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Discussion Starter · #1 ·
Hello to the group. Name here is Keith and I am in North East Texas, just outside Henderson, TX. I purchased a nuc in May and the bees were doing pretty well for the first month. I was feeding them sugar water 1/1 mixture and they would take a gallon in about two days. Then the weather took a turn for the worst and we went up to 100 plus degrees every day through most of June and July. The bees stopped taking the sugar water and a couple of weeks later I went to check on them and the hive was empty. There were a couple of dozen dead bees on the screened bottom board. The nuc came with five frames and the bees had pulled comb on three sides of the other three frames in the bottom box. What I found odd was that all the comb on the frames was completely empty and dry. None of the cells were capped, just totally empty cells. Would the bees have swarmed and left all the comb totally empty? I feel like the hot weather and high temperatures were just more than a new colony could overcome. Maybe the queen died and all the eggs hatched. Then they ate everything in the hive before they all died. I'm at a loss but intend to get a couple of more colonies next spring if there are any to be had after this awful summer we have had.
Anyway, wanted to say hello and see if anyone had any suggestions what might have happened to my colony?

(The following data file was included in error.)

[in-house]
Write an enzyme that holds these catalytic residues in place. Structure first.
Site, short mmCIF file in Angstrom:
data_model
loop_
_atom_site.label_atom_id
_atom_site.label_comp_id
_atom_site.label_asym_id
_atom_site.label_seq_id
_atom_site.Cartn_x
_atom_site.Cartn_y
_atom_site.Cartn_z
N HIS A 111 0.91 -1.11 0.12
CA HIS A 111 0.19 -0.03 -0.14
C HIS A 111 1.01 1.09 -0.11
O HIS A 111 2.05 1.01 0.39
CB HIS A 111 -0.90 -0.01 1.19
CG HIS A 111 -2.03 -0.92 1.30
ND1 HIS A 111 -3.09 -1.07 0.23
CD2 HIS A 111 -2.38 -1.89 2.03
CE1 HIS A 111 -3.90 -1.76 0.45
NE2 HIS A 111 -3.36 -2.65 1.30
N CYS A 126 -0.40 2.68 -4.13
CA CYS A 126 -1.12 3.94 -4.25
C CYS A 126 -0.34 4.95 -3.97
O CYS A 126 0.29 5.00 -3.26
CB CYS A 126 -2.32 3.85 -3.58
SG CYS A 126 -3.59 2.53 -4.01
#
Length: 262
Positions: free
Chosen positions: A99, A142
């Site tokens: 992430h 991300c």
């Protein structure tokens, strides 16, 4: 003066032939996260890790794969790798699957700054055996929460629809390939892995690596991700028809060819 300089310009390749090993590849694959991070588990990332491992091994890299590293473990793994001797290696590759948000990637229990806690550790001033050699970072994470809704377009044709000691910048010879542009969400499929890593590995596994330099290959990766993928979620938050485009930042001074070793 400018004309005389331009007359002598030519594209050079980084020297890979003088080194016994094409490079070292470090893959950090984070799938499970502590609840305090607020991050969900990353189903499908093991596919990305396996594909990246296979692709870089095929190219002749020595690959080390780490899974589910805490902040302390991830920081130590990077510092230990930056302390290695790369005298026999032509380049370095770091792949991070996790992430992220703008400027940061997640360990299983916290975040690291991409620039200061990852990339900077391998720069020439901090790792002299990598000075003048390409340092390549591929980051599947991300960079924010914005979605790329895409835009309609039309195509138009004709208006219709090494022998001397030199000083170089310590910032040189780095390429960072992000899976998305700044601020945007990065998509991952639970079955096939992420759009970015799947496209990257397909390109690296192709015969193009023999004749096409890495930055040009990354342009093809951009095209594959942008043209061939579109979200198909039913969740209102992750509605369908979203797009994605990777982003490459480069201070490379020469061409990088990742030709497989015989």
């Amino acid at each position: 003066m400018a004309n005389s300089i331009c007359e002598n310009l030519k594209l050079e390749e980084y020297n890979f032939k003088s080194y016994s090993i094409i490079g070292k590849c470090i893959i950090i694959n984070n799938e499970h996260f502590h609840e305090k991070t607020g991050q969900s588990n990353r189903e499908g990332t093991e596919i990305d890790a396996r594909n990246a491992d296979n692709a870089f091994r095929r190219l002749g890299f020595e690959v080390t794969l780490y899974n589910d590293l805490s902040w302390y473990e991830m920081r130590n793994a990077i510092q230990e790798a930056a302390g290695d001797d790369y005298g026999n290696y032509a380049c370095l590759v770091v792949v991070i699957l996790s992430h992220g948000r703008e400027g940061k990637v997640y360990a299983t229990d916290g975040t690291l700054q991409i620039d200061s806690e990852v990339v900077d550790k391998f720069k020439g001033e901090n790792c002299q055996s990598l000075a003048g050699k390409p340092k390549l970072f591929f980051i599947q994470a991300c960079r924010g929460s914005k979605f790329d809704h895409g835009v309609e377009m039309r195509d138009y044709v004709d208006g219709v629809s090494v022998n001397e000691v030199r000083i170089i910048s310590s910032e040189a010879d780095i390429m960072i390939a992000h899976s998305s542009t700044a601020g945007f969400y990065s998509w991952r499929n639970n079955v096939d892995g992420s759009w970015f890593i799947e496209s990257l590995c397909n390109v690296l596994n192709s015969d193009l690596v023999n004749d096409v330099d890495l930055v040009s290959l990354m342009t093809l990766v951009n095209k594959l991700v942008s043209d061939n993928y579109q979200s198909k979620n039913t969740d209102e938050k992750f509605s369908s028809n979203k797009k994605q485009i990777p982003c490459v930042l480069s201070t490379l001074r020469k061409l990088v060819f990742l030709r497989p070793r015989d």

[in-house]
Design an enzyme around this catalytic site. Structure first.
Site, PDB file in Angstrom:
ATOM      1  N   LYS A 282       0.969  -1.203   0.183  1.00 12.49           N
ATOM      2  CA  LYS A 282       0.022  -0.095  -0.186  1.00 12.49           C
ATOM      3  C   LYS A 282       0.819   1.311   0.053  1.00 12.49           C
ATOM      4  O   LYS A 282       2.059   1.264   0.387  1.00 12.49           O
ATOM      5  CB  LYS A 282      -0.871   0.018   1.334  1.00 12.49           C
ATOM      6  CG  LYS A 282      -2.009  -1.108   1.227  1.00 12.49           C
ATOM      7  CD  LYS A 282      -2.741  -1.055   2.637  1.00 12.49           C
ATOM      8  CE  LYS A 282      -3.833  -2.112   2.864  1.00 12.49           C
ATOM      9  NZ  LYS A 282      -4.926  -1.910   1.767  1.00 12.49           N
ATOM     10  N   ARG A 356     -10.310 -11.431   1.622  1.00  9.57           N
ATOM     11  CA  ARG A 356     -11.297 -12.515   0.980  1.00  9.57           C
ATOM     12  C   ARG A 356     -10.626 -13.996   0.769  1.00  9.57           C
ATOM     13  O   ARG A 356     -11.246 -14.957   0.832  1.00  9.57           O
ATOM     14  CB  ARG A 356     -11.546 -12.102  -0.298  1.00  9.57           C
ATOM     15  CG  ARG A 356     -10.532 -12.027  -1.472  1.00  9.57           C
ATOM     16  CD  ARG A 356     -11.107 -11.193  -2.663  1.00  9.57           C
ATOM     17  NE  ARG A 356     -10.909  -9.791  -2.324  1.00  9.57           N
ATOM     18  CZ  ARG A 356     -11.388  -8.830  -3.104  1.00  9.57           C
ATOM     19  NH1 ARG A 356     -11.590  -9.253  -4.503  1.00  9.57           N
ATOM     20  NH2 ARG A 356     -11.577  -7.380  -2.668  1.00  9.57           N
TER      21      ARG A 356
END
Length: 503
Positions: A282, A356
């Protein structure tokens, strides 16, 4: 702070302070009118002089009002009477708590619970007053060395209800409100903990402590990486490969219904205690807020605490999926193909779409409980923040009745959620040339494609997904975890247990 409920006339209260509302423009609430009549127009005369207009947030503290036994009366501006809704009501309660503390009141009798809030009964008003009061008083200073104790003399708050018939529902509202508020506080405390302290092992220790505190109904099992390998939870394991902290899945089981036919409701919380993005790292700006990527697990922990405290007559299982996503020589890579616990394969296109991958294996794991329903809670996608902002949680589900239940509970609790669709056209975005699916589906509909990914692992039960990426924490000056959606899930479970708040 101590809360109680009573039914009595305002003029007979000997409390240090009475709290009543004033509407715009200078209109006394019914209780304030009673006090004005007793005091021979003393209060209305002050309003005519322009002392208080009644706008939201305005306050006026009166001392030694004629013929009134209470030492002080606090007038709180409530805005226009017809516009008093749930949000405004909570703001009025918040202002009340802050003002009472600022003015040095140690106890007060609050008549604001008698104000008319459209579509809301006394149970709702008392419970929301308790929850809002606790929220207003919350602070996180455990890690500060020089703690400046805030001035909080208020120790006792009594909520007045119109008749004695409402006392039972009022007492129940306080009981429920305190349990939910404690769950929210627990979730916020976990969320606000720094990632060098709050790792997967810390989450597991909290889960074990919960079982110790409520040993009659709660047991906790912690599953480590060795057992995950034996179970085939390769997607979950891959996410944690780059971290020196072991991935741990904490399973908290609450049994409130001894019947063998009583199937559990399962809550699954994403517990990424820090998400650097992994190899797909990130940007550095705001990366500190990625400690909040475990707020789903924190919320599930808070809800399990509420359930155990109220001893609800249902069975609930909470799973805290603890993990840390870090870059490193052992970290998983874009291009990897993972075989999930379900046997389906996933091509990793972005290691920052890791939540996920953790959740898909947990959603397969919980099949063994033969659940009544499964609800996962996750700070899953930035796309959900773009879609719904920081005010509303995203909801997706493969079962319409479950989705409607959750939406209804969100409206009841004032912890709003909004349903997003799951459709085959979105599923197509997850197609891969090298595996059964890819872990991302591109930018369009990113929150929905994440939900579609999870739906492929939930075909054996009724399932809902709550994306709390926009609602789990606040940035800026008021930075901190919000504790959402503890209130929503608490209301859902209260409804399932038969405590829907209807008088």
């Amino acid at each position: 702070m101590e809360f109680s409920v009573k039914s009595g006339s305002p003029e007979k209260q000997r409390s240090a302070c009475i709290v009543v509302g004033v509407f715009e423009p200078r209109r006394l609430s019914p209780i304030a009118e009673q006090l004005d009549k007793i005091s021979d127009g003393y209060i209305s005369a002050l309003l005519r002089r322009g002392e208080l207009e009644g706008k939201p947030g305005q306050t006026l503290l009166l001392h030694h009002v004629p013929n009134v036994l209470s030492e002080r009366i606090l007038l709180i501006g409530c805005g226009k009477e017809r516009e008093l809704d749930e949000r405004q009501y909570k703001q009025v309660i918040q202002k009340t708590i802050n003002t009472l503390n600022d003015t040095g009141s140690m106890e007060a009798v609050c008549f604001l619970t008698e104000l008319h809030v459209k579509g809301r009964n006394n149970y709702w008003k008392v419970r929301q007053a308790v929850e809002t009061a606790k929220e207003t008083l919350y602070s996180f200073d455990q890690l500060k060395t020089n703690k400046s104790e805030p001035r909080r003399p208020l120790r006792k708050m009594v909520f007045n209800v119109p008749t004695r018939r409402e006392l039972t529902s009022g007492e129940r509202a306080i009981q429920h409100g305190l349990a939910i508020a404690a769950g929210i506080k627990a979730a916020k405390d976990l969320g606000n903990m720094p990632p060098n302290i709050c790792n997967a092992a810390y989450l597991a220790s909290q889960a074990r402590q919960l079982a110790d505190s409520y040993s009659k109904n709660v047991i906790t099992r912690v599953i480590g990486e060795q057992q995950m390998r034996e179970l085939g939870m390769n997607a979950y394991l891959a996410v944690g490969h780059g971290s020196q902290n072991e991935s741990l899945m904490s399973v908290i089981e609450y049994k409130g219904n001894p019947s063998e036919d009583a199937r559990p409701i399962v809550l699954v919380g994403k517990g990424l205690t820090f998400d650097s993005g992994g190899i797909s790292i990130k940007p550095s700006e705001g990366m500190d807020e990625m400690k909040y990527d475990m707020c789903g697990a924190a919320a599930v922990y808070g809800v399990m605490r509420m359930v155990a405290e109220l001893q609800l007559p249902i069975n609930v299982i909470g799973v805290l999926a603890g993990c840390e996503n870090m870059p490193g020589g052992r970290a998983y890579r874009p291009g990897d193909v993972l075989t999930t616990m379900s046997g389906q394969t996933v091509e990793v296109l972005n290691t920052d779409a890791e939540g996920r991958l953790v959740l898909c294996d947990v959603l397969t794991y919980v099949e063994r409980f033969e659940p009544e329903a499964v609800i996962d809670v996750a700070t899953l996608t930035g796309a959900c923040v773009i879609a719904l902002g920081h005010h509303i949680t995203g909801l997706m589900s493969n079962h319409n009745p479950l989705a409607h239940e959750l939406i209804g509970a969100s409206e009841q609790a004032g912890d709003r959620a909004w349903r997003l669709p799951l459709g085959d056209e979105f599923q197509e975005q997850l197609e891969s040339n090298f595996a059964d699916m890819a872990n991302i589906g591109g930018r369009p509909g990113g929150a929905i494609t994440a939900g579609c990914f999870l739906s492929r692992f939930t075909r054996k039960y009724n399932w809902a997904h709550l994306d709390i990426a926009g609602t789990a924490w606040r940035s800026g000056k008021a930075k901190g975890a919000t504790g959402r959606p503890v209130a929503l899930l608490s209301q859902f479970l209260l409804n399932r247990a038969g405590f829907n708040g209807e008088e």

Thanks, and keep your fingers crossed that we get some rain and relief from this drought soon.

Keith
Henderson, Texas
 

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It's hard to know without knowing the condition from week to week. A new nuc should be checked weekly and notes made.

Amount drawn out, pollen stores, honey stores, open and capped brood, ETC. Then you can diagnose a deadout much better, and maybe even prevent it.
 

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it has been the toughest of years here Keith. quite a challenge for anyone just starting out I would suggest. do not loose heart. often times we learn the most from our errors.. at least I think I have.

I would guess the hive absconded due to starvation. a lot of dead bees and debris on the bottom board would likely suggest dwindling (queen failure for whatever reason) and ultimately robbing.
 

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Welcome Keith! Sorry to hear you had the worst first year. I suggest next year block the entrance down to one or two inches. Check the hive every two to three weeks for the first year. They could have absconded or swarmed. It is more likely absconded than swarmed since nothing was left. When the weather gets better small hive beetles will move in and wax moths so protect your comb.
 

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Discussion Starter · #6 ·